Calls grow louder for more US troops during Austin’s visit to Baltics

Defense Secretary Lloyd Austin said Saturday the U.S. is still examining whether to add forces in the Baltic region, where allies have stepped up calls that NATO send more reinforcements amid fears Moscow will launch a new invasion into Ukraine.

The U.S. already has added additional troops in Poland and Romania to assure allies nervous about potential Russian aggression in the region.

But to date, no new U.S. troops have been sent to the Baltics. Allies in the region are now directly urging top U.S. officials to bring in more troops, ideally on a permanent basis.

Austin, who was in Lithuania for meetings with defense officials from all three Baltic states, said he had no new announcements on whether the U.S. would add new forces.

“There are things we continue to assess,” Austin told reporters in the Lithuanian capital of Vilnius.

The heads of the three Baltic states met Friday with Vice President Kamala Harris in Munich and all delivered the same message: they need more U.S. troops.

“We welcome the decisions already made by the U.S. administration to deploy additional forces in Europe. And we also hope that you increase the presence in the Baltic countries,” Estonian Prime Minister Kaja Kallas told Harris during talks at the Munich Security Conference, where global leaders met over the weekend.

Austin heard the same requests during his visit to Lithuania for defense talks.

“I think we are already at the point where we have to tell the adversary that we are reinforcing the Baltic countries,” said acting defense minister Gabrielius Landsbergis, who noted that after Russia’s initial intervention in 2014 in Ukraine, Baltic states were among the first to be reinforced by allies.

Unable to make new troop commitments during his visit, Austin sought to reassure Lithuanian officials that the U.S. was nonetheless committed to the defense of the Baltic states.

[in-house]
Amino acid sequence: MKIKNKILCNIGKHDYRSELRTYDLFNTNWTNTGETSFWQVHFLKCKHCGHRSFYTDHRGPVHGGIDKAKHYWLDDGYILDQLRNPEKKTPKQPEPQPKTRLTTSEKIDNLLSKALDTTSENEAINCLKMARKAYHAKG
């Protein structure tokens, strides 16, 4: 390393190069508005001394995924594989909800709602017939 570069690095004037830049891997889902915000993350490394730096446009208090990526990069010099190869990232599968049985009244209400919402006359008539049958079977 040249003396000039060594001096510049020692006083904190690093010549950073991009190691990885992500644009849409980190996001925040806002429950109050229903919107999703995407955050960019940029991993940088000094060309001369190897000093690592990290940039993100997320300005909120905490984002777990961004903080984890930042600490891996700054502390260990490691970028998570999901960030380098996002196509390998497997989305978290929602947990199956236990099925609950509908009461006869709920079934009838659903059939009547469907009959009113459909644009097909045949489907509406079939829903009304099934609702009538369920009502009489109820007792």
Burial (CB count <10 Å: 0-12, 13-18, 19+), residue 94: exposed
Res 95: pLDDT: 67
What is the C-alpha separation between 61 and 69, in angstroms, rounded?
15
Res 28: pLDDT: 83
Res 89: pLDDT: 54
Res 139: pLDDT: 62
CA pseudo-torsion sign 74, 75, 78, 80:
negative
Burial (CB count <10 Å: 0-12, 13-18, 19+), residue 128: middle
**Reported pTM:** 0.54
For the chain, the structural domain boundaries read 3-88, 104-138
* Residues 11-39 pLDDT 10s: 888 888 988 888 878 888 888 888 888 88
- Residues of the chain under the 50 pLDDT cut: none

“Any attack against Lithuania is an attack against us all” within NATO, Austin said.

The Baltics are widely regarded by security analysts as an area where NATO is most vulnerable to Russia, given Moscow’s military and geographic advantages.

So far, 4,700 extra troops have been sent to Poland, 300 to Germany and 1,000 have been repositioned from Germany to Romania. A company from the Germany-based U.S. 2nd Cavalry Regiment also is being sent to Bulgaria.

It’s possible the U.S. could be holding off on a Baltic deployment as a contingency move, should Russia follow through and invade Ukraine.

In 2014, U.S. soldiers from the Vicenza, Italy-based 173rd Airborne Brigade were among the forces that flowed into the Baltics in the aftermath of Moscow’s intervention in Ukraine. While U.S.-based 82nd and 101st Airborne units have been sent to Europe to reinforce allies, the 173rd hasn’t received those orders for now.

Still, the 173rd Airborne, a designated response force for U.S. European Command, generally operates at a heightened tempo.

U.S. Army Europe and Africa on Friday declined to comment on whether troops with the 173rd and additional 2nd Cavalry Regiment elements were on standby to mobilize, but said they each “maintain a high state of readiness.”

“The 173rd Airborne Brigade and the 2nd Cavalry Regiment are always ready to support our allies and partners,” USAREUR-AF said in a statement.

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